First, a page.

Amanda Foody - Daughter of the Burning City (7/25)
Lauren Karcz - The Gallery of Unfinished Girls (7/25)
Kristen Ciccarelli - Askari (7/27)
V.V. Mont - The Elementalist (July)

Monday, July 17, 2017

Such Stuff as Dreams are Made On

So, first off: we have a new Doctor in Doctor Who, and it's a woman.


My thoughts? Honestly, the show premise allows for it, so writer-wise, I see nothing wrong. As a viewer who is behind a season (and told that Time Lords regenerate into the other gender only after taking their own lives), I'm a little apprehensive about what I've missed. (What have you done, Doctor? I'm really scared to catch up now!)

I'm also sad because I really liked Peter Capaldi. But I am interested to see what they do with a female Doctor. Dynamics will certainly be interesting.

Anyway, on with the show! Today's blog post is brought to you by William Shakespeare (who graciously donated the title of the post) and by that question that haunts all writers:

Where do you get your ideas from?



I've heard this, you've heard this, we've all heard this. And it doesn't get any easier to answer.

So, ideas. Where do they come from? Where do any ideas come from? How do all the little thoughts and impressions in a day join together to create something worthwhile? Does anyone really know? I can track some of the development of my ideas, but something always seems to be missing.

With me, when someone asks where I got the idea for the Jeremy Wilderson books, I tell a tale about being given an assignment to create a middle grade character while reading lots of middle grade mysteries and wondering where the thief character was. But in a way, describing it like this is similar to being asked for a cake recipe and saying, "Get flour, sugar, milk, eggs, and some other things, and then you have a cake!" It ignores the process, that magic that somehow results in a finished product.


 And even that doesn't always work. Sometimes, you mix eggs, flour, sugar, oil, etcetera etcetera, and you somehow get a steak dinner with mashed potatoes. The idea looks nothing like the finished product!

I just had the opportunity to attend a day of the BYU Books for Young Readers conference (it was awesome), and one of the visiting writers commented that the initial idea for a book kicks it off, but then it gets shed like snakeskin as the story grows. I like that description.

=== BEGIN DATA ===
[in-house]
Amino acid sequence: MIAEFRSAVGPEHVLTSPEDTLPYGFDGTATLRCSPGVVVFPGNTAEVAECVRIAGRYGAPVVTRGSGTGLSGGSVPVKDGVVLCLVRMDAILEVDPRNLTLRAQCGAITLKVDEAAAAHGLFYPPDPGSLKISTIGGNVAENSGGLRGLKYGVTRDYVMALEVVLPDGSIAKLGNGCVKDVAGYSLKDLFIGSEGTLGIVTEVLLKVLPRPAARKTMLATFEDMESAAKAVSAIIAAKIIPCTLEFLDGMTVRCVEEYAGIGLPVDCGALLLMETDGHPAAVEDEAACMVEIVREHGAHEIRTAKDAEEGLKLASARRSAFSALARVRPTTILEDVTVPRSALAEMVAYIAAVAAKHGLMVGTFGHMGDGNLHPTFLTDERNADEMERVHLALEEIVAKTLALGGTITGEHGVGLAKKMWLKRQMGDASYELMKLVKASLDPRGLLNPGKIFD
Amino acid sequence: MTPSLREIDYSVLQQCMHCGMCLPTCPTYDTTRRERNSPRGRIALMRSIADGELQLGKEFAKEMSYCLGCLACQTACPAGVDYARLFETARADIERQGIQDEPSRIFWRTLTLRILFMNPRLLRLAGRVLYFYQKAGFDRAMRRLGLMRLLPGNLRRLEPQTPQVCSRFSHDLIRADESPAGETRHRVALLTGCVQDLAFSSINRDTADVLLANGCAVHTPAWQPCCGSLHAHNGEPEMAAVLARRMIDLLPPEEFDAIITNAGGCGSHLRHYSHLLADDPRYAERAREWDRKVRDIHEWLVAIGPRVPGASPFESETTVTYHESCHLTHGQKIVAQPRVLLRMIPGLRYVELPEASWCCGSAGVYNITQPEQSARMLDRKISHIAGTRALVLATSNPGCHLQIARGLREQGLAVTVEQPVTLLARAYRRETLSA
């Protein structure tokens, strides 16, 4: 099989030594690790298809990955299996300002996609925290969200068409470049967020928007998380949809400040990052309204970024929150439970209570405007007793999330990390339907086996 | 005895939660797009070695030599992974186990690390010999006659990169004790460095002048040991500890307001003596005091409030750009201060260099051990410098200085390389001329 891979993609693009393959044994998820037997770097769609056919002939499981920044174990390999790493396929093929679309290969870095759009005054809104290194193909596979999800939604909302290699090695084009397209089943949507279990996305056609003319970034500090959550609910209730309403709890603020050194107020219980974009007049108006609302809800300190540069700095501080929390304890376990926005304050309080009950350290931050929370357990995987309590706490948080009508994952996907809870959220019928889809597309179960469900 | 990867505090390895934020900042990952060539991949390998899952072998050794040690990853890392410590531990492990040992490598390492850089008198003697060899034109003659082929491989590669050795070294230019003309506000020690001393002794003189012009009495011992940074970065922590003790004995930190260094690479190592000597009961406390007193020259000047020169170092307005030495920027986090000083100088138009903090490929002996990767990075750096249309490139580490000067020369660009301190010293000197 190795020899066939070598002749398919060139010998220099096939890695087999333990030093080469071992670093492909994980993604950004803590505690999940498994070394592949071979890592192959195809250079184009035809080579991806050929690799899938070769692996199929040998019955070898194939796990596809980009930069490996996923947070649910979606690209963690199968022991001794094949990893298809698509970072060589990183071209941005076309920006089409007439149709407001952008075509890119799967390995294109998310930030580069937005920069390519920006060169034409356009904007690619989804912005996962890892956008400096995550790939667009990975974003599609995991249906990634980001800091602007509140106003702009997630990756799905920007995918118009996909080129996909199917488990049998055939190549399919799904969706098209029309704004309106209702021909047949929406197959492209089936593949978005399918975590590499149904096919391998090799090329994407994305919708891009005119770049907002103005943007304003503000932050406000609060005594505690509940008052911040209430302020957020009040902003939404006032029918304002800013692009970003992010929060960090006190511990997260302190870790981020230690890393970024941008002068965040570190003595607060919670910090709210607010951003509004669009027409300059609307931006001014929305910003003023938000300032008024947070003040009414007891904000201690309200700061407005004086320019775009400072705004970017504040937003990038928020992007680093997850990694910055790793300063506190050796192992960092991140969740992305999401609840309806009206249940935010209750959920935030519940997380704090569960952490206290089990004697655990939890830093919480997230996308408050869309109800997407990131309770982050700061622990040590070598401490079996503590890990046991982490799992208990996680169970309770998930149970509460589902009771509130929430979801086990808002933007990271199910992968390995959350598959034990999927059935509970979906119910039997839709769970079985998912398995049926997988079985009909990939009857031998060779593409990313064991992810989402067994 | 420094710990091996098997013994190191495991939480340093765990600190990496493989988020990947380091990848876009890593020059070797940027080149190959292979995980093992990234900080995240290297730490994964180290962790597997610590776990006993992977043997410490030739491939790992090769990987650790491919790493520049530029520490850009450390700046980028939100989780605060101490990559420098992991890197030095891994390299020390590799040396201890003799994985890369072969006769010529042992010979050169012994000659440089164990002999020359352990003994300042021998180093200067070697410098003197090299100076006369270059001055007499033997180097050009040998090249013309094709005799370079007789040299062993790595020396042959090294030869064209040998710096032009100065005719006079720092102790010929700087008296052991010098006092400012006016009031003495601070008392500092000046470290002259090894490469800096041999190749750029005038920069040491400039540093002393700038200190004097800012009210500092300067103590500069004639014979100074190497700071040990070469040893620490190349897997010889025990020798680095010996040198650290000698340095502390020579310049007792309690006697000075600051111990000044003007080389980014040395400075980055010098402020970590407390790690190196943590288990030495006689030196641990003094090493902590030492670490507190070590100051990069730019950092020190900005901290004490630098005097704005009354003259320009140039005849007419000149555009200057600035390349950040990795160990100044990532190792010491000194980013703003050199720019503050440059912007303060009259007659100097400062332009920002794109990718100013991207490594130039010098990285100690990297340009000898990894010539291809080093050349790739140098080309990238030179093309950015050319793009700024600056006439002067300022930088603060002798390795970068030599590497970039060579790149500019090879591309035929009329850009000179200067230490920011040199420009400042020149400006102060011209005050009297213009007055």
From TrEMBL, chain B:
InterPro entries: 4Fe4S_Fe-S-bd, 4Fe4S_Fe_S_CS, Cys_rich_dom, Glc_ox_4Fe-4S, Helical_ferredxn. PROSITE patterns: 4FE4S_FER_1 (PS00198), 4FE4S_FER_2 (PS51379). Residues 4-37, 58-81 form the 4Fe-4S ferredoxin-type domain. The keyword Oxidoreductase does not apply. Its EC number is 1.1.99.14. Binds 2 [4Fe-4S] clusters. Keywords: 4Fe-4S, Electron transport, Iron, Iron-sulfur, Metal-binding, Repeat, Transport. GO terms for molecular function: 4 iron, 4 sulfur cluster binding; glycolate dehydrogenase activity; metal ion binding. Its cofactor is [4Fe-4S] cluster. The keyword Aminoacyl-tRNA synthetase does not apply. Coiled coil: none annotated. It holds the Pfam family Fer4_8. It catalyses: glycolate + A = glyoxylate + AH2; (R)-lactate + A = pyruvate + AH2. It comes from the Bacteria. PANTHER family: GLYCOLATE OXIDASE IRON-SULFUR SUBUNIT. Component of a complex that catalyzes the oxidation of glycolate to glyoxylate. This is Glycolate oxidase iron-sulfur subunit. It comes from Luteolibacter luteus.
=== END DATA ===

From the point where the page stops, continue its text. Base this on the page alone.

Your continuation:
So, where do I get my ideas? *sighs, scratches head, and fiddles around on the computer for a while*

Honestly, all over. I don't always know what's going to give me an idea, but I know the feeling when I get one. And, honestly, a lot of them are bad ideas in the long run. Stupid stories, or stories that aren't going to work. Or, not bad ideas, but things that aren't going to help me now. Things I should save.

I think writers have the habit of thinking a lot and paying attention to our random thoughts. We don't dismiss "what ifs" but like to follow them to their conclusion. Some of my ideas have come from that: what if a middle school criminal was the hero in his mind? What if in a fantasy world, humans are considered as magical as we would consider elves to be?

Some of my other ideas come from dreams. That makes sense to me; in dreams, we free associate, and some random ideas stick to other random ideas to create something fresh and interesting. I love waking up after those dreams and writing down what I remember. This happened for a fantasy I'm working on (although the inciting dream has long since been shed away), as well as my dream sci-fi and a new WIP that, frankly, is going to be a blast to write.


But some ideas I can't explain. My master's thesis came about because a wild image of a girl running into an ancient forest popped into my head when I was desperate for a story idea, and I latched onto it, wondering who she was and why the forest would be safer to her than where she was.





It wasn't this exact picture, but it was close.


Long story short, I don't really know where ideas come from, though I can usually tell the tale of the story's birth in a way that makes sense.

However, no matter where they come from, I love that electric feeling when I get a new idea and develop it into a story!

Here are this week's debuts:

Young Adult:
Jennifer Fenn - Flight (7/18)
Jennifer Honeybourn - Wesley James Ruined My Life (7/18)

Monday, July 10, 2017

Spider-Man: Homecoming, A Review

I love Spider-Man. He is easily my favorite superhero.


Why? Because I care about both the hero and the mild-mannered secret identity. With Batman and Superman, I don't really care about the person as much. I love that Peter Parker is a real person with normal, real-life problems. He doesn't have a billion dollars or a government job - he's a photographer who has to somehow make rent while still saving lives. He's accessible, and balances real life with being a good, responsible hero.

I like that. I think that's the kind of hero that readers and viewers can relate to. I also enjoy a hero who can mouth off to the villain as he fights them.